A $53 Million Verdict Based on No Evidence?

Wayne J. Guglielmo, MA


July 19, 2016

In This Article

Tussles Over a Med-Mal Cap Come to a Head

Two years after it declared the state's medical malpractice cap unconstitutional, the Florida Supreme Court has once again been asked to weigh in on the question of limits on noneconomic damages—only this time more broadly, according to a story by the News Service of Florida that was posted on News4Jax and reported elsewhere.[3]

The case underlying the high court review involves dental assistant Susan Kalitan, who in 2007 went into a hospital associated with the North Broward Hospital District (now Broward Health) for surgery to treat her carpal tunnel syndrome. During anesthesia, tubes inserted into her mouth and esophagus perforated her esophagus, requiring repair.

In 2008, Kalitan filed a medical malpractice suit against North Broward Hospital District and other defendants. At trial, a jury awarded Kalitan $4 million in noneconomic damages, but that amount was cut roughly in half as the result of the state's malpractice statute passed under then-governor Jeb Bush. That 2003 malpractice overhaul—enacted at a time when doctor groups saw a "crisis" of high insurance premiums—capped damages at different amounts, depending on the number of claimants, the types of defendants, and so forth.

Fast-forward 8 years, from an incident that occurred in 2006. In 2014, the Florida Supreme Court reviewed a wrongful death case—involving Michelle McCall, who had died while giving birth in a Florida hospital—and found that in such cases the state's limits on noneconomic damages didn't pass constitutional muster.

Despite the differences in the two cases—Kalitan's suit involves personal injury, not wrongful death—Kalitan and her attorneys cited the McCall case in appealing the reduction of her award to the state's high court.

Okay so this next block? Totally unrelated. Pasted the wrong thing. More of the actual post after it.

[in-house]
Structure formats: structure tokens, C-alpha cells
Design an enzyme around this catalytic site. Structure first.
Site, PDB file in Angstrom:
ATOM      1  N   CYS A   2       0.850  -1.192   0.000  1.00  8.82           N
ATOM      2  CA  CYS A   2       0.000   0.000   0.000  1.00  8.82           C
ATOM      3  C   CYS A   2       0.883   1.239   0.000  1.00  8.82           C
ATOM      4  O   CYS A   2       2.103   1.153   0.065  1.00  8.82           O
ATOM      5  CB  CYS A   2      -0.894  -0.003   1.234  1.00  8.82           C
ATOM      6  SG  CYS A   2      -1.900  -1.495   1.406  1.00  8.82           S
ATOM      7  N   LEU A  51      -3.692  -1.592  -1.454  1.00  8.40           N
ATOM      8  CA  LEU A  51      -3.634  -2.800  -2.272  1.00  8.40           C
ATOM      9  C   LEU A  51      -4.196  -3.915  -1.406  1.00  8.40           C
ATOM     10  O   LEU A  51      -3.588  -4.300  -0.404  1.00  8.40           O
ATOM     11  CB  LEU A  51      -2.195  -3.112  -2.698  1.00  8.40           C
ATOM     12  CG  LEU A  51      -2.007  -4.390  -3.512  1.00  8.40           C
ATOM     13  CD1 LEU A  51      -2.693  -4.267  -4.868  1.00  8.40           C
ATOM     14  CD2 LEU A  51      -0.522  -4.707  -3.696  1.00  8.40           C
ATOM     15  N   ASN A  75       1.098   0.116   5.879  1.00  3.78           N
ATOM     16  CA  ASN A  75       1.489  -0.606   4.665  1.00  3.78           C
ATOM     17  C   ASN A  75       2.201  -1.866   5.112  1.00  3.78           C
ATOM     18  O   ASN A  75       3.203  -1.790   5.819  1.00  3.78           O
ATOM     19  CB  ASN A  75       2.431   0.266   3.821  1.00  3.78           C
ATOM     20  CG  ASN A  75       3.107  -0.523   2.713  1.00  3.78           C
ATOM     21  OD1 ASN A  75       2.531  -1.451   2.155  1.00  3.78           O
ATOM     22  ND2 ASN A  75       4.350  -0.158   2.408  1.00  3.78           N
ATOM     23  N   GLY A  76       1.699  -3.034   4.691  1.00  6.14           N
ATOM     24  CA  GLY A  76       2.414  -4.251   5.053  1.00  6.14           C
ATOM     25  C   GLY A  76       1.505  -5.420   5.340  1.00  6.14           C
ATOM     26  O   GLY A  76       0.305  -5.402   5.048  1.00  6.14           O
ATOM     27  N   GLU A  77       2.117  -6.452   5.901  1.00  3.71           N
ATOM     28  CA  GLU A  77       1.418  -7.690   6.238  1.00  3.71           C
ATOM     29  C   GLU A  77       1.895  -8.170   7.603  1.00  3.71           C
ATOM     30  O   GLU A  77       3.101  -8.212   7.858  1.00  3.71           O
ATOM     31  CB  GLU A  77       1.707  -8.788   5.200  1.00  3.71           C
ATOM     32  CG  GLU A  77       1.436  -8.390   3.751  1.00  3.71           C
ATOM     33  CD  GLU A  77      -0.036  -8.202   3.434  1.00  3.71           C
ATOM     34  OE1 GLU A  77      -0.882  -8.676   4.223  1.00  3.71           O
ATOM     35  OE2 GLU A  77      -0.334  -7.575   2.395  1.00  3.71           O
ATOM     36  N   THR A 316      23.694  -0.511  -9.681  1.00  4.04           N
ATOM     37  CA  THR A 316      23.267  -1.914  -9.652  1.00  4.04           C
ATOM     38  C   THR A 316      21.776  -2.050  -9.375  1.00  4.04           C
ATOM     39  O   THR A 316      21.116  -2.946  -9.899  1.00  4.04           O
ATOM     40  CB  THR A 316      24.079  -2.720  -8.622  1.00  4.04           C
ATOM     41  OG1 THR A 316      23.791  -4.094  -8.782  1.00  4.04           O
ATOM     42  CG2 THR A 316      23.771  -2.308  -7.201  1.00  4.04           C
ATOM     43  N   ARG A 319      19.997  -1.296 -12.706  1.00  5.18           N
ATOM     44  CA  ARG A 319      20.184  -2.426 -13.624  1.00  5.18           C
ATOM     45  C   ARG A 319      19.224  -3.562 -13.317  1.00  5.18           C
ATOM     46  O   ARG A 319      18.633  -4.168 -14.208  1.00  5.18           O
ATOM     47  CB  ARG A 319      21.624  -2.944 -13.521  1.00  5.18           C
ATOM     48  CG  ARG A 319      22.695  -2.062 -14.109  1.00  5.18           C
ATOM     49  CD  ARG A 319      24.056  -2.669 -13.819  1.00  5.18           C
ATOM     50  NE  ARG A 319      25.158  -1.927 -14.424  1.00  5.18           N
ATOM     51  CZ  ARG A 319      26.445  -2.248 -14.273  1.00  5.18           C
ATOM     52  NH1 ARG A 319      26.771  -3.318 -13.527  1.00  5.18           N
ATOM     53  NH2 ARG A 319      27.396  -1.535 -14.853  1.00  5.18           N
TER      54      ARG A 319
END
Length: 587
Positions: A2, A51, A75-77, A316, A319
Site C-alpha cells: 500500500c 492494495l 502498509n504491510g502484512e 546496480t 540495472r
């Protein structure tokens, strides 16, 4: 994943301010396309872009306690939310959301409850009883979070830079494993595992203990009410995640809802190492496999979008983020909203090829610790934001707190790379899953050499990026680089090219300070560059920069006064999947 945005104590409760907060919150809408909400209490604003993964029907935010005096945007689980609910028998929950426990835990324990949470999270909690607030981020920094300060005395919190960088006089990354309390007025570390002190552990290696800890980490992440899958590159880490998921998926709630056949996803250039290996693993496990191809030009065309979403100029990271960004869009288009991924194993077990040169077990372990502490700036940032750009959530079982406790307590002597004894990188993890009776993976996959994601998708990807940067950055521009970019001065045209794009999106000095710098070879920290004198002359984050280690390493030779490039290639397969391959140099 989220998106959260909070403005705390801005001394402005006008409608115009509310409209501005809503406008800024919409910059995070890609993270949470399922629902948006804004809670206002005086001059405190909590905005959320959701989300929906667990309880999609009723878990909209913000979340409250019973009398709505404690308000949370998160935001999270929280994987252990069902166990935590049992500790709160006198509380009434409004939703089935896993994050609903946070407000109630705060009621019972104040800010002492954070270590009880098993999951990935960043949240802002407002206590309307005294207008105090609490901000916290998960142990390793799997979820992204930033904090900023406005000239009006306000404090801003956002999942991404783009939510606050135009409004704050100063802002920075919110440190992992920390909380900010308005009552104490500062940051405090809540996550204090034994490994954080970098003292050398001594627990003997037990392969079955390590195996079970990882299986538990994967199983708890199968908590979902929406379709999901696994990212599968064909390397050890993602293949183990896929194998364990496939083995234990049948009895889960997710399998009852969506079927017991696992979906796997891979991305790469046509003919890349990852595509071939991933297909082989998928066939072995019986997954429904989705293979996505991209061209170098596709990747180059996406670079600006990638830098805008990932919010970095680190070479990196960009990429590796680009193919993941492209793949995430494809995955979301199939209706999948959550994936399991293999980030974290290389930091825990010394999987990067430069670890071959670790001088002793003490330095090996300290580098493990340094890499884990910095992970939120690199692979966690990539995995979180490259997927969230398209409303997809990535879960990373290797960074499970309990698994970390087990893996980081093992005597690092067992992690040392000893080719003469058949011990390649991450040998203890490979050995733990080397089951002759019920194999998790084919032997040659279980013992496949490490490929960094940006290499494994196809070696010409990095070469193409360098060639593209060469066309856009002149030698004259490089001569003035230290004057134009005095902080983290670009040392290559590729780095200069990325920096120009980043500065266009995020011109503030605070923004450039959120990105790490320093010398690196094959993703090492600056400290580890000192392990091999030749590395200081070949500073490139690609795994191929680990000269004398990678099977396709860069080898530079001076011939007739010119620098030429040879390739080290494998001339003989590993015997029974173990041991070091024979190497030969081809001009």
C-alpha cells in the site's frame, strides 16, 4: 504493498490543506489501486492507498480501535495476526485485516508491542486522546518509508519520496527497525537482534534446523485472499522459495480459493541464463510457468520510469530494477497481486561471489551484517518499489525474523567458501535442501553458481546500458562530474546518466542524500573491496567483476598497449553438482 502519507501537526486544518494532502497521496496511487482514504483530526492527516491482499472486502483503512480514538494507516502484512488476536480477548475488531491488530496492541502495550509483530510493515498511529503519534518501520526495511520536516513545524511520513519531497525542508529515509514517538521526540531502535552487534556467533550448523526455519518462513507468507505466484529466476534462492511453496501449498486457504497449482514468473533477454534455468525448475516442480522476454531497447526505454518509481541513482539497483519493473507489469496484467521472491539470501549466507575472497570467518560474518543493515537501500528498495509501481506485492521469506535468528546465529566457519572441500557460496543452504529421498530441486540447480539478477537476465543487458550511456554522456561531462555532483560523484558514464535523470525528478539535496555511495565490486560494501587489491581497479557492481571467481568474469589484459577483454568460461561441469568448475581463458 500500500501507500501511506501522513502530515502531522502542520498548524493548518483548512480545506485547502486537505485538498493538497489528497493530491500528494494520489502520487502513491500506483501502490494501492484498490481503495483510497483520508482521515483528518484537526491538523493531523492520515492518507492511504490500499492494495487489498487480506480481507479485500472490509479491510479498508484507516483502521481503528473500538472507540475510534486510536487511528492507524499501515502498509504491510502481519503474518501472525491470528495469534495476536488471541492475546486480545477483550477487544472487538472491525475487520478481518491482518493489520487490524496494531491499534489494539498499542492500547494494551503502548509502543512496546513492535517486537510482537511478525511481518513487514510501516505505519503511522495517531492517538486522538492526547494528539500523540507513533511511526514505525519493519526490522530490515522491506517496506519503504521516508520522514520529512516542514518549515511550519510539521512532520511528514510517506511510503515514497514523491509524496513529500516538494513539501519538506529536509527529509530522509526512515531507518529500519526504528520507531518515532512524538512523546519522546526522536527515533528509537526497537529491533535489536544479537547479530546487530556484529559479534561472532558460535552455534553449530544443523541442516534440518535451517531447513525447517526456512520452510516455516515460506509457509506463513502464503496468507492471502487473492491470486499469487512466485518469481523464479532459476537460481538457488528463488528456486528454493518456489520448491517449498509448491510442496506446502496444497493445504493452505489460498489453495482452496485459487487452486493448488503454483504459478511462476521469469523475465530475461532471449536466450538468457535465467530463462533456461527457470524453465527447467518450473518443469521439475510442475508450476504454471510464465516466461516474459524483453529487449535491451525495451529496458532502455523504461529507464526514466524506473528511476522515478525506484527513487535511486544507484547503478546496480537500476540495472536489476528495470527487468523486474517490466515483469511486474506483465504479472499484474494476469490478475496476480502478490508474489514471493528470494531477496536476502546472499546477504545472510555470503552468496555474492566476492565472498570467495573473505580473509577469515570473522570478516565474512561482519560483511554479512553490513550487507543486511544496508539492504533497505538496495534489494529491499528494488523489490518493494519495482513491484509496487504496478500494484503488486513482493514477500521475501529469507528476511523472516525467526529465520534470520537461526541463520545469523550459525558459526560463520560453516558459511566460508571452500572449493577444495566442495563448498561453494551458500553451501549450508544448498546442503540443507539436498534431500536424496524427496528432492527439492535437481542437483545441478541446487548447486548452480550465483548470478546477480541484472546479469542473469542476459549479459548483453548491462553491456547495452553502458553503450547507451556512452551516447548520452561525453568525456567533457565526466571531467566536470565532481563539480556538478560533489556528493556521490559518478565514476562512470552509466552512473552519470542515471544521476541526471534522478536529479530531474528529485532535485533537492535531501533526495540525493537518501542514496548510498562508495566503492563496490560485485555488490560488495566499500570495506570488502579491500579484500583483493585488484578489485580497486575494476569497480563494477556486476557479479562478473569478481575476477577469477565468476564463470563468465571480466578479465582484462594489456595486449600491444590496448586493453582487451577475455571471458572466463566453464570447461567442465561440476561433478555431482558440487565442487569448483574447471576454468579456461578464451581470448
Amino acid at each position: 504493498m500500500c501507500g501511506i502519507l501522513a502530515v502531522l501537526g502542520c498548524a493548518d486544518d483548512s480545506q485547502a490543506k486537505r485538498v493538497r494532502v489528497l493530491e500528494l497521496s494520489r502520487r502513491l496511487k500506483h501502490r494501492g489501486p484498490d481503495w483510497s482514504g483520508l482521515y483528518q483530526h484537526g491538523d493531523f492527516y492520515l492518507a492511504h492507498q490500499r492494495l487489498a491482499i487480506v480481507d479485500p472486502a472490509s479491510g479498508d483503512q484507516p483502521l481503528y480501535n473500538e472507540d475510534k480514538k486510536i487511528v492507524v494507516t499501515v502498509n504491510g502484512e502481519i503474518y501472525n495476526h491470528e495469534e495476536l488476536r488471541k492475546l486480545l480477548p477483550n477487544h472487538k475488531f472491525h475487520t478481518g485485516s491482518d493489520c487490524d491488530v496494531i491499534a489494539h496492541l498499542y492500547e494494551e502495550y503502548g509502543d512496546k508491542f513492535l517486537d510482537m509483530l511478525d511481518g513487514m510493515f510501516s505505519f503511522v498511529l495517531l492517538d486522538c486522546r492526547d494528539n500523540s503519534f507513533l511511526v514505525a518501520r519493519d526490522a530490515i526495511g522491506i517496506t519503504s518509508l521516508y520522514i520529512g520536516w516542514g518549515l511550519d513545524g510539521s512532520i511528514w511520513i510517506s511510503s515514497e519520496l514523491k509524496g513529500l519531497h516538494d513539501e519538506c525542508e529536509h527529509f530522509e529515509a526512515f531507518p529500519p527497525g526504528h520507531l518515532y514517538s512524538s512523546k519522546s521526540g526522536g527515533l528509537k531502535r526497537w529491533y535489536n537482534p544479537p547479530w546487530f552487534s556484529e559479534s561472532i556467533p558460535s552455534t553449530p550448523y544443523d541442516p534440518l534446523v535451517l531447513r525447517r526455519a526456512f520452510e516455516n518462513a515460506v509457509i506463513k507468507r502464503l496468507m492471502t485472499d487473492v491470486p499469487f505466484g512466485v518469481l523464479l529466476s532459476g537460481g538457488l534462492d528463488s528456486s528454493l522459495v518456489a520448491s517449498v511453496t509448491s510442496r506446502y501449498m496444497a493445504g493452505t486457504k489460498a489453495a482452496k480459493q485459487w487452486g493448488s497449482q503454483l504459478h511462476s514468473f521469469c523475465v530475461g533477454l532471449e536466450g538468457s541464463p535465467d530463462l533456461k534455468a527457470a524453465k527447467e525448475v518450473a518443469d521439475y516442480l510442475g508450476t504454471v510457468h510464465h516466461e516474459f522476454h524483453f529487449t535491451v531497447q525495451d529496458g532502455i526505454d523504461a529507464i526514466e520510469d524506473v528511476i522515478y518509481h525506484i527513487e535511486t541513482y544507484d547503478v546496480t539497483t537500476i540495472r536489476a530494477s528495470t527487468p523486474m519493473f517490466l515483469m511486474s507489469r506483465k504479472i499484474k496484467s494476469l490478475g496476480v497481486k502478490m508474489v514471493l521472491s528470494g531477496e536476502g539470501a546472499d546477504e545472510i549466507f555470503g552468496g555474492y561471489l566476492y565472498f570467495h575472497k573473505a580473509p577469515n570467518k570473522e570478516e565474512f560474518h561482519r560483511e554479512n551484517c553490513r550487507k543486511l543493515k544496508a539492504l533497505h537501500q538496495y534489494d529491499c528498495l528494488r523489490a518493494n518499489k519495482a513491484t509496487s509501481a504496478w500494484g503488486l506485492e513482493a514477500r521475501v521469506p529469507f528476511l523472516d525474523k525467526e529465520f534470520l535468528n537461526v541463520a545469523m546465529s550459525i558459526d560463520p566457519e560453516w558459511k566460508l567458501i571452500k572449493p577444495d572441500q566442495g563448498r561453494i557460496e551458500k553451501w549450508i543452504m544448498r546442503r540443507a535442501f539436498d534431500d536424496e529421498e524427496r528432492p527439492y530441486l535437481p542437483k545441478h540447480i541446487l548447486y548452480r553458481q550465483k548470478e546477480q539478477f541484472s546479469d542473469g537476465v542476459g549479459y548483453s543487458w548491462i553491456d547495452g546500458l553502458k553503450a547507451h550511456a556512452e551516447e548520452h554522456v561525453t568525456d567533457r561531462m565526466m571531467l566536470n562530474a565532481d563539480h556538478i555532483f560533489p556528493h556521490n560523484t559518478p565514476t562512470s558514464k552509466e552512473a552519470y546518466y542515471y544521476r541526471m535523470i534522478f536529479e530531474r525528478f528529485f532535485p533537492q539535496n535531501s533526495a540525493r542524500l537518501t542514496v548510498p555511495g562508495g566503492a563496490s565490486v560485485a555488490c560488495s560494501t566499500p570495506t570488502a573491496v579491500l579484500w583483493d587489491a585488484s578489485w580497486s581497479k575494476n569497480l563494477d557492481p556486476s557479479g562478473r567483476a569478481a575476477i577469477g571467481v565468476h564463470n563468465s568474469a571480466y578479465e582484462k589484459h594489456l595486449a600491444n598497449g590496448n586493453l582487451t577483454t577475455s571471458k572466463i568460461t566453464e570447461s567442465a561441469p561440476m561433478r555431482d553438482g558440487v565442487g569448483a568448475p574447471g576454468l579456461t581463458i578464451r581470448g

During oral arguments last month, Justice Barbara Pariente questioned whether lawmakers' rationale for damage limits in 2003 was still valid today: "Is there a rational basis for this cap on damages in the year 2016, based on a crisis that was said to exist 20 or 30 years ago?"

Not surprisingly, the two disputing parties answered this question very differently. For her part, the attorney for the hospital district and other defendants said that the burden of proof about the insurance crisis rested on the plaintiff's shoulders: "If we are going to find that the crisis is over, or there was never a crisis, or so forth...it needs to be done with evidence in an [adversarial] proceeding, to determine whether and when this is the case."

Kalitan's attorney countered that the high court had settled the "crisis" question when it looked at the facts of the McCall case and handed down its 2014 wrongful-death ruling. "The injury to Michelle McCall when she died was in 2006, the injury to my client was in 2007.... If [an insurance crisis] didn't exist in 2006, it didn't exist in 2007 when my client suffered her injuries."


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